Daily Readings and Thought for November 1st. “GOOD NEWS OF PEACE”
We first read today in 2 Chron. Ch. 30, about the great Passover that King Hezekiah organised; he sent letters to the ten northern tribes, Ephraim and Manasseh in particular: most “mocked” [v.10] but “some … humbled themselves and came to Jerusalem.” [v.11], Soon these tribes were to be taken into captivity, probably a youthful Ezekiel was among them.
Then in ch. 10 of Daniel, the now aged prophet is with “Cyrus king of Persia” [v.1] who had overcome the Babylonians. Daniel has a “vision” and “had understanding” and “was mourning for three weeks.” [v.2] and then “one having the appearance of a man touched me and strengthened me. And he said, “O man greatly loved, fear not, peace be with you; be strong and of good courage.”[v.18,19]. Let us develop the same spirit. There follows revelations to him which challenged his (and our) understanding, especially about “the time of the end” in Daniel’s last 2 chapters.
Our chapter 10 in Acts gives us the thought challenging experience of Peter, of a vision which led him to travel to Caesarea and meet with “Cornelius, a centurion, an upright and God-fearing man” [v.22]who had, “about the ninth hour of the day … a vision, an angel of God” [v.3] telling him to “send men to Joppa and bring one Simon who is called Peter.” [v.5] Peter also has a vision, and, when Cornelius’ messengers arrive, he interprets his vision as meaning he should go with them to see this Roman Centurion..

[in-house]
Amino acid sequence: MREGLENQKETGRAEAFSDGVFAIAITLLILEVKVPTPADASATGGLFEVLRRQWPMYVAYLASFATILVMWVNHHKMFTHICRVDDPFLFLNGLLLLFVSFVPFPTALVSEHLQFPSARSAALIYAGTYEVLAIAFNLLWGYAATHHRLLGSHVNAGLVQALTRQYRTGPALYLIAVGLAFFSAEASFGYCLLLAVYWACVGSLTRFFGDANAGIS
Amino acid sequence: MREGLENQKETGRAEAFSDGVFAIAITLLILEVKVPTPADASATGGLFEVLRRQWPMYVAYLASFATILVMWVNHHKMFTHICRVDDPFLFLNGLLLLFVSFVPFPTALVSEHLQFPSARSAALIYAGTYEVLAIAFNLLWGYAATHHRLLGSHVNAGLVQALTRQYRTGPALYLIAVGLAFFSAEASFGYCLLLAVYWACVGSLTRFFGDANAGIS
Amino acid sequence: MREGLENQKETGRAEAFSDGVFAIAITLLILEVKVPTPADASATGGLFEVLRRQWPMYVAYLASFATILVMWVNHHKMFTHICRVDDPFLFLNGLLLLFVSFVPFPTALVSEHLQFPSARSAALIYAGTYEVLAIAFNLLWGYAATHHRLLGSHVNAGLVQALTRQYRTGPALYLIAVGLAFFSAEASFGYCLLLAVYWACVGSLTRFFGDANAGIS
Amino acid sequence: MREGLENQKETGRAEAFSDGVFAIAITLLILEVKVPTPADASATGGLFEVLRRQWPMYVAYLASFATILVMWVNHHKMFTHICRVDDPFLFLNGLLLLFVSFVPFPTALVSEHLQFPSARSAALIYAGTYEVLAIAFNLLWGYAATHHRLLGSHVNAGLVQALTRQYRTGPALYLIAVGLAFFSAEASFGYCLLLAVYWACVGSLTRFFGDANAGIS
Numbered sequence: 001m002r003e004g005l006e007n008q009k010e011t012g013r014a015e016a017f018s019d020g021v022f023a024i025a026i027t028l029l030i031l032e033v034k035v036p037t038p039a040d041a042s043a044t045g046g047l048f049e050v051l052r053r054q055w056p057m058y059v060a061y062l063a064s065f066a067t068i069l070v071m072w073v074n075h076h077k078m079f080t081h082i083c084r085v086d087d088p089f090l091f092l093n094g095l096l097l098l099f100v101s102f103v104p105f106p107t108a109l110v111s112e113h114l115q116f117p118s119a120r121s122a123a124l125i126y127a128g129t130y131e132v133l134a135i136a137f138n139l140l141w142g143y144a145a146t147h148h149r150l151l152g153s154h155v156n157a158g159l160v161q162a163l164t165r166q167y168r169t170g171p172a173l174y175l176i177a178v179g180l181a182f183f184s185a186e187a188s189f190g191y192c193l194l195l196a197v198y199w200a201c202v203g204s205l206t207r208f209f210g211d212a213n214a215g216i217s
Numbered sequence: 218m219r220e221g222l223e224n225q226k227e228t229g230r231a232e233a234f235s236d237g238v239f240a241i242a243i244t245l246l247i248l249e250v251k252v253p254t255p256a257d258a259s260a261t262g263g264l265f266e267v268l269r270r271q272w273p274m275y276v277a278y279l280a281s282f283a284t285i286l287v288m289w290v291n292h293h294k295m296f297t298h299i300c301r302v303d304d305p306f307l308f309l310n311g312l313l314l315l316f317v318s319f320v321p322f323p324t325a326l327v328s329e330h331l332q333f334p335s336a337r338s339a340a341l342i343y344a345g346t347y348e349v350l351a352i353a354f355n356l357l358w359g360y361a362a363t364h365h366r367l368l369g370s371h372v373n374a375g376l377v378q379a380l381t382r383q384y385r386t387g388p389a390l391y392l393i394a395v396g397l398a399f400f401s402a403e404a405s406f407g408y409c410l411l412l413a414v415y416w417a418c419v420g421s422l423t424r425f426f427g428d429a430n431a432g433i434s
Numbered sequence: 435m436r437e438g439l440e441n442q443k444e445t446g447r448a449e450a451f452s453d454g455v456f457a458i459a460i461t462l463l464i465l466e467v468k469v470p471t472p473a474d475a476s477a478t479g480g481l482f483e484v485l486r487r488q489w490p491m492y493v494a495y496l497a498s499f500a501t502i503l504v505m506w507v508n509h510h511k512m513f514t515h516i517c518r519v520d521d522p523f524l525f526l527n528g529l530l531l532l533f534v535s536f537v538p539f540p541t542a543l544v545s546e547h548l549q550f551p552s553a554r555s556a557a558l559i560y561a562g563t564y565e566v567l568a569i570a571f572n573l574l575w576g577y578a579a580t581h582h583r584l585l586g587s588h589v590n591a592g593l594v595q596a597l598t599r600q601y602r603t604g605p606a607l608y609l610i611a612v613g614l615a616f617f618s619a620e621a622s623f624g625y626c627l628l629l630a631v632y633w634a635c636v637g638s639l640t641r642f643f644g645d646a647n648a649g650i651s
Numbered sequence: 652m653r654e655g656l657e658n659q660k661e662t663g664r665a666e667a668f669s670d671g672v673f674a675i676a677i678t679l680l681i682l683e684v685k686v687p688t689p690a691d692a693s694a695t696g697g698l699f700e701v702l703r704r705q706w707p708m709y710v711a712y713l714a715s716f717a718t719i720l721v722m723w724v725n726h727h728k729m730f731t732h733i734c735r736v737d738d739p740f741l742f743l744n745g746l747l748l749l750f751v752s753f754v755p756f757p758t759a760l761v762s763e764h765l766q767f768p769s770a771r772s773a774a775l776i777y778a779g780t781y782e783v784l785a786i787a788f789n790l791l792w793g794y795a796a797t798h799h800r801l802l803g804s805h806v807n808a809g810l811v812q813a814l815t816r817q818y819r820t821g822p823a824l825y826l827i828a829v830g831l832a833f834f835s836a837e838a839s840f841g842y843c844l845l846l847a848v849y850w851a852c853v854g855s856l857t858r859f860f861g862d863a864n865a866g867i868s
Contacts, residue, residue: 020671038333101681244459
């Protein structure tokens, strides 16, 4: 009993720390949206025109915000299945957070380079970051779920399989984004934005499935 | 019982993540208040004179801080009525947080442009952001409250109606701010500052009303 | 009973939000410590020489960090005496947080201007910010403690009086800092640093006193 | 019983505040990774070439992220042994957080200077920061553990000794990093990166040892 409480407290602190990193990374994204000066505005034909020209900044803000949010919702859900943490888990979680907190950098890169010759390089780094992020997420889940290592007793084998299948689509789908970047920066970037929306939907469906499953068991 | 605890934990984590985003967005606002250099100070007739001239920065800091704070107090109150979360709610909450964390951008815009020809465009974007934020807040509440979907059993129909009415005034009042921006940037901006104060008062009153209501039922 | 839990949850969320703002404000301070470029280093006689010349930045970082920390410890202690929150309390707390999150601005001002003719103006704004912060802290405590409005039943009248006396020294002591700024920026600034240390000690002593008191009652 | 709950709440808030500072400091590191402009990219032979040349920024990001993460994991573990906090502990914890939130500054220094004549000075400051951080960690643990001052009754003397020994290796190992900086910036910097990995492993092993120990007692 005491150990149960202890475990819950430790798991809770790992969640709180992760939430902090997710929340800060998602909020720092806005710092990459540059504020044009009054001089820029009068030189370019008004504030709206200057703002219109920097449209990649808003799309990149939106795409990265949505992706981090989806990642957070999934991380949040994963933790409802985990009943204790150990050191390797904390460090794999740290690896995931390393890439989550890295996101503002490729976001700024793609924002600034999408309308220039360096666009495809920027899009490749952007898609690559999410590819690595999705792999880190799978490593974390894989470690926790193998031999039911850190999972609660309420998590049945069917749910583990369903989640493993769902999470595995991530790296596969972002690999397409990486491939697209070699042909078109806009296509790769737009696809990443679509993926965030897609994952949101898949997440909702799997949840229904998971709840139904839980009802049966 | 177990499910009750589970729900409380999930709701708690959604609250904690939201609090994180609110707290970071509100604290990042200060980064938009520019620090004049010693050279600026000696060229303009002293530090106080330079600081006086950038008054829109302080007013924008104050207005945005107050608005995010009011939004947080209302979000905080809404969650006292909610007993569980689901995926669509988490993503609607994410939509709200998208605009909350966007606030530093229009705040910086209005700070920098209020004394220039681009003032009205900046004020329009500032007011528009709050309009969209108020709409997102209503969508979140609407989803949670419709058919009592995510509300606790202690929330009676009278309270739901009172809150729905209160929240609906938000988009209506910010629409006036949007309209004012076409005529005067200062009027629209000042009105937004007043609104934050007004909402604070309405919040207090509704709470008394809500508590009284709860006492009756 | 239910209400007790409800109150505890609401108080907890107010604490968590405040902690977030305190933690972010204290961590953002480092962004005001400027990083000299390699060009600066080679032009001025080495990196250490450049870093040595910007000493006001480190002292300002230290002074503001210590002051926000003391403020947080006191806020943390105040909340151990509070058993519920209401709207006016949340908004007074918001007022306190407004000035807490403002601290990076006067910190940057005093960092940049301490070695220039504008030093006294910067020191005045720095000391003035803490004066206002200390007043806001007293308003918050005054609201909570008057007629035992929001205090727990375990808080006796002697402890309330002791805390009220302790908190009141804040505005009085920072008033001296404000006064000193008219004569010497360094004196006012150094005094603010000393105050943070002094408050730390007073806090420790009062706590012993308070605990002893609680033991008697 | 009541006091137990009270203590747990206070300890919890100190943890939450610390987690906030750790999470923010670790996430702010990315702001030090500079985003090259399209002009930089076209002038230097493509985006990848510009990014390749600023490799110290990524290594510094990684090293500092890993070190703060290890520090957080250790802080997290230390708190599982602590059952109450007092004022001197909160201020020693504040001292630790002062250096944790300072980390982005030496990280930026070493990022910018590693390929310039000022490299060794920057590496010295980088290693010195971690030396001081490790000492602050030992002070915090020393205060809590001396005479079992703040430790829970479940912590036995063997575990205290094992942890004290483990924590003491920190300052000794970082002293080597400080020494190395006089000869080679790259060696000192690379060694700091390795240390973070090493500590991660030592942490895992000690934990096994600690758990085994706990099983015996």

Cornelius had developed the habit praying and was astonished, he tells Peter, when “a man stood before me in bright clothing and said, ‘Cornelius, your prayer has been heard and your alms have been remembered before God.” [v.30,31] “Now therefore we are all here, in the presence of God, to hear all that you have been commanded by the Lord.” [v.33]. So Peter tells him all about “the good news of peace through Jesus Christ (he is Lord of all)” [v.36]
We meditate on the nature of that “peace” in the circumstances then – and now! Each of Paul’s letters starts with, “Grace to you and peace”! This is surely peace of mind in knowing what is true, in a world in which God’s truth is now virtually unknown! As we read 7 of Paul’s letters in the 2nd half of this month, let us absorb his use of the word ”peace” and the nature of the “good news” he describes to his readers!